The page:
Monthly Archives: August 2013

Heading back to school? Here are 6 ways to protect your identity on campus.

  1. Card SecurityDon’t carry your social security card around. Leave it at home in a safe place, or better yet, locked away. Don’t give out your SSN unless you absolutely have to—and even then, ask why the organization needs it. Chances are, they may accept another form of ID – or will only need the last four digits.
  2. Tear it up. Buy a shredder and use it for anything printed with your name, address, and any other personal information such as a social security number, driver’s license number, or financial account number. For documents that you need to retain, if they include this type of information, store them in a secure place in your home. Don’t ever throw out unopened mail – take a quick look and make sure that it doesn’t include personal information – if it does, shred it and then recycle it. This is really important with pre-approved credit card applications, bank statements, or medical records. Make sure to cut up expired credit cards and put the pieces in different trash cans. Think we’re being paranoid? Think again. You never know who’ll find it—or use it.
  3. Be safe online. Change your passwords frequently and make them tough for others to figure out—for example, it’s not a good idea to use things others may readily know like your dog’s name or your birthday (your dog’s birthday is a safer bet). Install firewall and antivirus software on your laptop or computer, and keep it up to date. Don’t share, email or post your passwords or PINs (or your social security number, for that matter), even with close friends…but you know that already, right?
  4. Copy-cat. Make copies of your credit cards (front and back), passport, driver’s license and other important docs, and put them in a safe, preferably locked place. That way, if your wallet gets stolen or lost, you’ll be able to contact your credit card companies right away stop any potential damage quickly.
  5. Stay on top of your credit. Massachusetts residents are entitled to one free credit report a year from each of the three major credit agencies (Experian, Transunion, Equifax). Take advantage of that right, and check for any inconsistencies or unusual transactions.
  6. Take advantage of electronic statements – If possible, sign up for electronic statements and check them regularly to make sure there’s nothing fishy going on. The information is available when and if you need it, and it keeps them out of the mail and the waste out of the garbage and recycling stream.

Did you know? Bunker Hill customers and their household family members have automatic identity theft assistance from Identity Theft 911®, a leading firm in identity management and fraud education. Visit our website for more info about this convenient service.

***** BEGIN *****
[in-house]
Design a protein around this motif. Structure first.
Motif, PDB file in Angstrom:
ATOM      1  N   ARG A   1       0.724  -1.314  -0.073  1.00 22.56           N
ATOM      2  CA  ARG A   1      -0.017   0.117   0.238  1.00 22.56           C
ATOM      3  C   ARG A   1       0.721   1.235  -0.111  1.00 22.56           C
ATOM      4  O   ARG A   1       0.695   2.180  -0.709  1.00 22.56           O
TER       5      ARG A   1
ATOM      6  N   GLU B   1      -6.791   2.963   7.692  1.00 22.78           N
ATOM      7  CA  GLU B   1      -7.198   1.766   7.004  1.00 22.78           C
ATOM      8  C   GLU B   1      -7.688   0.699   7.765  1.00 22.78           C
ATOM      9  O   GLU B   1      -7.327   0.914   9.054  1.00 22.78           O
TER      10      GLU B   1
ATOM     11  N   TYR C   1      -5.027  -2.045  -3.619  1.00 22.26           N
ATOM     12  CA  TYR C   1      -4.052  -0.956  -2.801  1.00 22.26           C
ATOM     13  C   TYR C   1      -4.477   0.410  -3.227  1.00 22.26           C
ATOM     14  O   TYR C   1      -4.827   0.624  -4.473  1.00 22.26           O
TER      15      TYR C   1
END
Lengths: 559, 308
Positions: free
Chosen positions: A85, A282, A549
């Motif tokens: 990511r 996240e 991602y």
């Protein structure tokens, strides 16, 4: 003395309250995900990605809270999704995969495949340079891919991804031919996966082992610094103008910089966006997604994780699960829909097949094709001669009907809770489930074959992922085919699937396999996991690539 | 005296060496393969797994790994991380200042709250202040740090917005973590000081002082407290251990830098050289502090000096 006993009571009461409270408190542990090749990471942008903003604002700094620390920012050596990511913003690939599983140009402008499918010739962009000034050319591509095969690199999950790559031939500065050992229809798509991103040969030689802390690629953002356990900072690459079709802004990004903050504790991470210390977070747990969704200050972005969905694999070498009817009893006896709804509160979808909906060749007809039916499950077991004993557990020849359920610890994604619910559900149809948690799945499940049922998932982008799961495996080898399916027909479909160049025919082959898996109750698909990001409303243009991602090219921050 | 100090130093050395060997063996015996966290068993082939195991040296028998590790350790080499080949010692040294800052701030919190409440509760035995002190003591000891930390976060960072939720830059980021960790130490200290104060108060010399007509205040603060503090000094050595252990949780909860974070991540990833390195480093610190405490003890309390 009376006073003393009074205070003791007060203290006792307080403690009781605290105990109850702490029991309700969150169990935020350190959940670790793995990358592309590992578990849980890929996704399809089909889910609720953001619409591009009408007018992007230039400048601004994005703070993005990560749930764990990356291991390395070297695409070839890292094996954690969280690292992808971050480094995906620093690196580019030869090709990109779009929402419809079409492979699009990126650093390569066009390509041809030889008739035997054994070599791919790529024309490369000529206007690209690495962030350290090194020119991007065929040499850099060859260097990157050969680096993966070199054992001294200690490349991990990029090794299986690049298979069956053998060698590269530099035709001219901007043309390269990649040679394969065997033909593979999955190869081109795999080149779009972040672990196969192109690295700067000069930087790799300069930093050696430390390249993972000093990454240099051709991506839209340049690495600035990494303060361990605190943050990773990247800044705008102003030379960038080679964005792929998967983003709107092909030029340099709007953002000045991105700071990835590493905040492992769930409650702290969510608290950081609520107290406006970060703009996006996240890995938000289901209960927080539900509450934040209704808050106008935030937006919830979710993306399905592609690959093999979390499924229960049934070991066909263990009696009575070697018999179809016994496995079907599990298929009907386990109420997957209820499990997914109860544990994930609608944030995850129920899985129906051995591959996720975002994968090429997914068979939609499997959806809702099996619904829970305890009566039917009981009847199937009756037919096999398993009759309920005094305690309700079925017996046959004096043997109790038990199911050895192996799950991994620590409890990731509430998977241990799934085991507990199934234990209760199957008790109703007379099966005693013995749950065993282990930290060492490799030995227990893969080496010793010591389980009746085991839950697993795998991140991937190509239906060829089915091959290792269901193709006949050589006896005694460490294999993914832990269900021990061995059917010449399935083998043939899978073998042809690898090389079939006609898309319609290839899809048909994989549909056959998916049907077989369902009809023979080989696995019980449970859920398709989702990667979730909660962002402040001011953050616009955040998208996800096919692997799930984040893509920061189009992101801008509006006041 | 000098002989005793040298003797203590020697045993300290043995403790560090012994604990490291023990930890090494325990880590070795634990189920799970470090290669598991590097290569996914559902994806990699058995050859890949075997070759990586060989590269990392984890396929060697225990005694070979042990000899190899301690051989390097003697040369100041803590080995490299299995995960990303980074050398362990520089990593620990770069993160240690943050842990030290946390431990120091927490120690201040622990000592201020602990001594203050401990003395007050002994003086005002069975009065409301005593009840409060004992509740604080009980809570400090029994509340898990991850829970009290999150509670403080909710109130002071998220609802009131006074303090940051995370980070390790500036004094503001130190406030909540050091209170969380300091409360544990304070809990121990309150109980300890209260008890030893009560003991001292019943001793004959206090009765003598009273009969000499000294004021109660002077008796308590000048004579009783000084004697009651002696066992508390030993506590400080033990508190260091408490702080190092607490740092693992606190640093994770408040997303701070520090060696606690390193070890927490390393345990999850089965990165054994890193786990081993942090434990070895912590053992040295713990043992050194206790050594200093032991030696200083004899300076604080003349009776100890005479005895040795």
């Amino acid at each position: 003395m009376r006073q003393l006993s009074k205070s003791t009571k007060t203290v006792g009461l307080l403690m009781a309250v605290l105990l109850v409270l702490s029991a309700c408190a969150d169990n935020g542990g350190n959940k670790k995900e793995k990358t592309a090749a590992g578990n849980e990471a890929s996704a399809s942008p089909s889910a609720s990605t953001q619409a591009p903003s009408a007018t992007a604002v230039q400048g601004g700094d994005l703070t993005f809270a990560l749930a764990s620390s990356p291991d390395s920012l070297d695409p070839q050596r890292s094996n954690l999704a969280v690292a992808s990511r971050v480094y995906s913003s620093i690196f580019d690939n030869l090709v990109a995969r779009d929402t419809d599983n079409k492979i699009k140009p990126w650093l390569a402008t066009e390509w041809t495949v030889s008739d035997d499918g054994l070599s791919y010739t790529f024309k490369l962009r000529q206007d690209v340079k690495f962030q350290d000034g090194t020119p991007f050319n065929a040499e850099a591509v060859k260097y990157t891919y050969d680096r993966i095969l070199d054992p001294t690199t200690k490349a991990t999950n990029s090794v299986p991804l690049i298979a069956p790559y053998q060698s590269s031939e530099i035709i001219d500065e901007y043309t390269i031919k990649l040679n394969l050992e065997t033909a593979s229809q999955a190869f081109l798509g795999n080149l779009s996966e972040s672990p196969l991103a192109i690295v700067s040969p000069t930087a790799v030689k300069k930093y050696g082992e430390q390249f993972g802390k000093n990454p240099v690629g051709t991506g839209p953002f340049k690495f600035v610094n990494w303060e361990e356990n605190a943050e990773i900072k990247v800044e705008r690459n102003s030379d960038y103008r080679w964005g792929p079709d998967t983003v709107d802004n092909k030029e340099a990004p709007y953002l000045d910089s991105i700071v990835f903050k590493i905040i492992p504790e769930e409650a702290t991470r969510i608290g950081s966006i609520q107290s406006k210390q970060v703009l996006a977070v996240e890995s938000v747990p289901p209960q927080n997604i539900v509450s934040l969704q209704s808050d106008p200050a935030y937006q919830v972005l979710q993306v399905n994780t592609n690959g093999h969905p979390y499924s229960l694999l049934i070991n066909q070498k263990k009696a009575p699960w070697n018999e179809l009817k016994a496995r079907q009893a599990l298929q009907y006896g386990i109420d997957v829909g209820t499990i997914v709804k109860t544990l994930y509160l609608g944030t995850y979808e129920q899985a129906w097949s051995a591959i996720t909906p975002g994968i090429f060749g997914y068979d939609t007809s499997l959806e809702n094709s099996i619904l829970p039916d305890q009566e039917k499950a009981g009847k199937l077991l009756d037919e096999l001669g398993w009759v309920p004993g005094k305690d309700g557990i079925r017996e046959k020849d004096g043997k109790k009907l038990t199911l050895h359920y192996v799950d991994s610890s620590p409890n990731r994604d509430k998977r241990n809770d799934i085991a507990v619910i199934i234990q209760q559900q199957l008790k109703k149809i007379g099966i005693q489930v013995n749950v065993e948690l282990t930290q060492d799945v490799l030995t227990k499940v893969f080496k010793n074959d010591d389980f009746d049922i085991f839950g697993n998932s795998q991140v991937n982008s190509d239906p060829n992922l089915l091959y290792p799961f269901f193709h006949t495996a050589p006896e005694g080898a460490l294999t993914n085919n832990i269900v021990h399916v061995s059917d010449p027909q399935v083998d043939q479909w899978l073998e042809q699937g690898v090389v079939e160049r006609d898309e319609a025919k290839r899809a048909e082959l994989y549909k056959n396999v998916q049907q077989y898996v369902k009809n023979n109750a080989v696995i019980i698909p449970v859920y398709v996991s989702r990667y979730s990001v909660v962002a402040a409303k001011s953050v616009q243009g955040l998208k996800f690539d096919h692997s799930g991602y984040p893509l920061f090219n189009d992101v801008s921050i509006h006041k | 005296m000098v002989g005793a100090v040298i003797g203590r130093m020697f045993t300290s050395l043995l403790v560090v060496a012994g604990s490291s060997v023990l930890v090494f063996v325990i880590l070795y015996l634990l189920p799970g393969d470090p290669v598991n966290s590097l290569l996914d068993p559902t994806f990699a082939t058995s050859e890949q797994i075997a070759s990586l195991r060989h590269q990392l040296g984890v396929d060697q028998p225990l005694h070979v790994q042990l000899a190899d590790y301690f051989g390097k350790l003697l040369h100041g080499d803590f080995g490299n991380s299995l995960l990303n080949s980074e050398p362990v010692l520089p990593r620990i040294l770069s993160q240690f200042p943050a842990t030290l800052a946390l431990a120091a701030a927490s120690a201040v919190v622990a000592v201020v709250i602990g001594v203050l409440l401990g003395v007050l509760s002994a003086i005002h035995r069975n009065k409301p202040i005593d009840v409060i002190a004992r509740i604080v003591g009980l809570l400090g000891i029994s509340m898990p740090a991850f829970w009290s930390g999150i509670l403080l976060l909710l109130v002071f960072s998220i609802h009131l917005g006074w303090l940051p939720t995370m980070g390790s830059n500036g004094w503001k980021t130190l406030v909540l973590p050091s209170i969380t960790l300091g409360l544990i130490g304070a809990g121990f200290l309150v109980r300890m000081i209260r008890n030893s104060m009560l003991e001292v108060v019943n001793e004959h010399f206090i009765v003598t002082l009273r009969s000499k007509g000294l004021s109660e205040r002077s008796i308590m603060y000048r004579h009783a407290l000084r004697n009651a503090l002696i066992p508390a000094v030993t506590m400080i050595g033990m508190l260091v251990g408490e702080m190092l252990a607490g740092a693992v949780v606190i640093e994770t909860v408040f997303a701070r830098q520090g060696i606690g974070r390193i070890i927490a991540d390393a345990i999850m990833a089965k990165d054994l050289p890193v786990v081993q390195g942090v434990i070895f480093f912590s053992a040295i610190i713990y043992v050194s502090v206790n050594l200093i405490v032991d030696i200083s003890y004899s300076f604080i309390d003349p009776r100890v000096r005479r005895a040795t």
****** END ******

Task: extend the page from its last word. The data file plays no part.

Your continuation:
Headquartered in Boston, Bunker Hill Insurance provides home insurance to customers in Massachusetts and Connecticut. Bunker Hill is a member of The Plymouth Rock Group of Companies, which together write and manage over $1 billion in homeowner’s and auto insurance throughout the northeast.

21st Century Lost-and-Found: High tech gadgets that find themselves

It’s the classic sunglasses-on-your-head scenario, especially when you’re in a rush to get out of the house: add up all the hours you spend looking for things that are right under your nose (or under that pile of mail on your kitchen counter) and you’ll probably be horrified.

We use embedded microchips to help find lost pets and GPS technology to track down stolen vehicles. But what all those other things in life that we rely on and have a tendency to disappear: our bicycles, smartphones, wallets, handbags, house and car keys?Gadget

The New York Times article, “In Your Pocket, a Lost-and-Found,” was written by a journalist who lost his carry-on bag in a yellow New York City cab. Thanks to a traceable credit card receipt the story had a happy ending, but it took a month to sort out. Has something similar happened to you, and if so, how did you handle it?

Good news may be on the horizon, however: some soon-to-be-released gadgets were developed with the goal to make our lives less stressful when our stuff gets lost or goes missing.

  • “Linquet” was designed to stop your things from going missing in the first place. A cloud-based, Bluetooth-enabled device, Linquet sounds an alarm when you and your items are separated. Linquet’s creators claim the product will trigger an alarm if you and your items drift beyond a certain distance apart. Each device costs around $30 and you can learn more at www.linquet.com.
  • “StickNFind” are quarter-sized “location stickers” that run on watch batteries and claim to last up to a year. The stickers are Bluetooth-enabled and can be located using a smart phone. Available in several colors, two stickers cost $49.99. Learn more at www.sticknfind.com.
  • “Tile” doesn’t run on batteries and its developers claim it can last up to a year (you’ll get an envelope for recycling along with your renewal reminder). The product uses GPS and crowd sourcing to help locate lost items, establishing a wider range to find a lost item, especially if there are plenty of other Tiles in your neighborhood. Tile is set to ship out this winter. One Tile costs $18.95; $56.85 gets you four Tiles. You can order them on www.thetileapp.com.

Linquet, StickNFind and Tile are just three examples of some of the new products out there. We have not tried these products ourselves and do not endorse or recommend any particular product. If you are interested in these types of products you should do your own research before making any purchases.

Headquartered in Boston, Bunker Hill Insurance provides home insurance to customers in Massachusetts and Connecticut. Bunker Hill is a member of The Plymouth Rock Group of Companies, which together write and manage over $1 billion in homeowner’s and auto insurance throughout the northeast.